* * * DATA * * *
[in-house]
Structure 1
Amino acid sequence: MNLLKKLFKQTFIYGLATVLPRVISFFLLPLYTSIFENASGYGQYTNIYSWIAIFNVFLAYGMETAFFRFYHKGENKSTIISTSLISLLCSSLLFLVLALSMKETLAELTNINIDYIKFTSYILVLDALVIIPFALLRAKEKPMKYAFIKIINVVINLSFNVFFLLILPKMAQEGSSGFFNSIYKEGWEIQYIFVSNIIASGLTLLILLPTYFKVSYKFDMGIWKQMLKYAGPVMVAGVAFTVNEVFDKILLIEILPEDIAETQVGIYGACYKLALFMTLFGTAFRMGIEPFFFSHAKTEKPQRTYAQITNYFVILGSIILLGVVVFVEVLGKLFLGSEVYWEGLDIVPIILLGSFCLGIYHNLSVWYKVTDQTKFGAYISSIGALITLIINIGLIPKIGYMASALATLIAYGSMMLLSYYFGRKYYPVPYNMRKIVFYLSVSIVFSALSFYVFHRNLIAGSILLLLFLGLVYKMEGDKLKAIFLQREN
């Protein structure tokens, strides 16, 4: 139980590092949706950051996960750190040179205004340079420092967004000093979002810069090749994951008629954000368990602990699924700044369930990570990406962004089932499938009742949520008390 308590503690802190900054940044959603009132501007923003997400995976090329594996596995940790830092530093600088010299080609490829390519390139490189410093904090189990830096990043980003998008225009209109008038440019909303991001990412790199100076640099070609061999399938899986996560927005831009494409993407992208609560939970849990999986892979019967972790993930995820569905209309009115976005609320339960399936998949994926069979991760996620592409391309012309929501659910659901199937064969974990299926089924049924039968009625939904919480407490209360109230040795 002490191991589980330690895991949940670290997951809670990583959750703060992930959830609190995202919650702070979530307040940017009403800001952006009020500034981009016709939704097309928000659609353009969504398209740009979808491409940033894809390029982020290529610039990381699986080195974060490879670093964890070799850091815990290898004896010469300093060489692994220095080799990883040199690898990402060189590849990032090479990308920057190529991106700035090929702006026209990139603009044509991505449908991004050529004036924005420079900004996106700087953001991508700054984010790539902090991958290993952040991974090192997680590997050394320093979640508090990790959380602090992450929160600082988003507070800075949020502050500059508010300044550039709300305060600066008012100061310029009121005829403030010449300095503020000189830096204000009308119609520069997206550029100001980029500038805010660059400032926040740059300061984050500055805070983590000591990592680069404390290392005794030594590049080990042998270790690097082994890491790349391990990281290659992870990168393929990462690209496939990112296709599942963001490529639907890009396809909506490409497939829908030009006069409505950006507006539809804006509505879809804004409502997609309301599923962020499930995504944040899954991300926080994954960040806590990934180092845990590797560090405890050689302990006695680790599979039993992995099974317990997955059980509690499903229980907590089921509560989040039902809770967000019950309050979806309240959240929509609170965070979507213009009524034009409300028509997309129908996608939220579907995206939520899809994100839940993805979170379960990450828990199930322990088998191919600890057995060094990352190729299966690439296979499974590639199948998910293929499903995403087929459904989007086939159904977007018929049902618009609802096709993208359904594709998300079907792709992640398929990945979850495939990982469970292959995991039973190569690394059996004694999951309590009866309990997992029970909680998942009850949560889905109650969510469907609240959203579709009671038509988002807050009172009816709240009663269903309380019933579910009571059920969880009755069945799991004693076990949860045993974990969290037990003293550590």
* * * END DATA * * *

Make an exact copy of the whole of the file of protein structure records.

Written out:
[in-house]
Structure 1
Amino acid sequence: MNLLKKLFKQTFIYGLATVLPRVISFFLLPLYTSIFENASGYGQYTNIYSWIAIFNVFLAYGMETAFFRFYHKGENKSTIISTSLISLLCSSLLFLVLALSMKETLAELTNINIDYIKFTSYILVLDALVIIPFALLRAKEKPMKYAFIKIINVVINLSFNVFFLLILPKMAQEGSSGFFNSIYKEGWEIQYIFVSNIIASGLTLLILLPTYFKVSYKFDMGIWKQMLKYAGPVMVAGVAFTVNEVFDKILLIEILPEDIAETQVGIYGACYKLALFMTLFGTAFRMGIEPFFFSHAKTEKPQRTYAQITNYFVILGSIILLGVVVFVEVLGKLFLGSEVYWEGLDIVPIILLGSFCLGIYHNLSVWYKVTDQTKFGAYISSIGALITLIINIGLIPKIGYMASALATLIAYGSMMLLSYYFGRKYYPVPYNMRKIVFYLSVSIVFSALSFYVFHRNLIAGSILLLLFLGLVYKMEGDKLKAIFLQREN
């Protein structure tokens, strides 16, 4: 139980590092949706950051996960750190040179205004340079420092967004000093979002810069090749994951008629954000368990602990699924700044369930990570990406962004089932499938009742949520008390 308590503690802190900054940044959603009132501007923003997400995976090329594996596995940790830092530093600088010299080609490829390519390139490189410093904090189990830096990043980003998008225009209109008038440019909303991001990412790199100076640099070609061999399938899986996560927005831009494409993407992208609560939970849990999986892979019967972790993930995820569905209309009115976005609320339960399936998949994926069979991760996620592409391309012309929501659910659901199937064969974990299926089924049924039968009625939904919480407490209360109230040795 002490191991589980330690895991949940670290997951809670990583959750703060992930959830609190995202919650702070979530307040940017009403800001952006009020500034981009016709939704097309928000659609353009969504398209740009979808491409940033894809390029982020290529610039990381699986080195974060490879670093964890070799850091815990290898004896010469300093060489692994220095080799990883040199690898990402060189590849990032090479990308920057190529991106700035090929702006026209990139603009044509991505449908991004050529004036924005420079900004996106700087953001991508700054984010790539902090991958290993952040991974090192997680590997050394320093979640508090990790959380602090992450929160600082988003507070800075949020502050500059508010300044550039709300305060600066008012100061310029009121005829403030010449300095503020000189830096204000009308119609520069997206550029100001980029500038805010660059400032926040740059300061984050500055805070983590000591990592680069404390290392005794030594590049080990042998270790690097082994890491790349391990990281290659992870990168393929990462690209496939990112296709599942963001490529639907890009396809909506490409497939829908030009006069409505950006507006539809804006509505879809804004409502997609309301599923962020499930995504944040899954991300926080994954960040806590990934180092845990590797560090405890050689302990006695680790599979039993992995099974317990997955059980509690499903229980907590089921509560989040039902809770967000019950309050979806309240959240929509609170965070979507213009009524034009409300028509997309129908996608939220579907995206939520899809994100839940993805979170379960990450828990199930322990088998191919600890057995060094990352190729299966690439296979499974590639199948998910293929499903995403087929459904989007086939159904977007018929049902618009609802096709993208359904594709998300079907792709992640398929990945979850495939990982469970292959995991039973190569690394059996004694999951309590009866309990997992029970909680998942009850949560889905109650969510469907609240959203579709009671038509988002807050009172009816709240009663269903309380019933579910009571059920969880009755069945799991004693076990949860045993974990969290037990003293550590």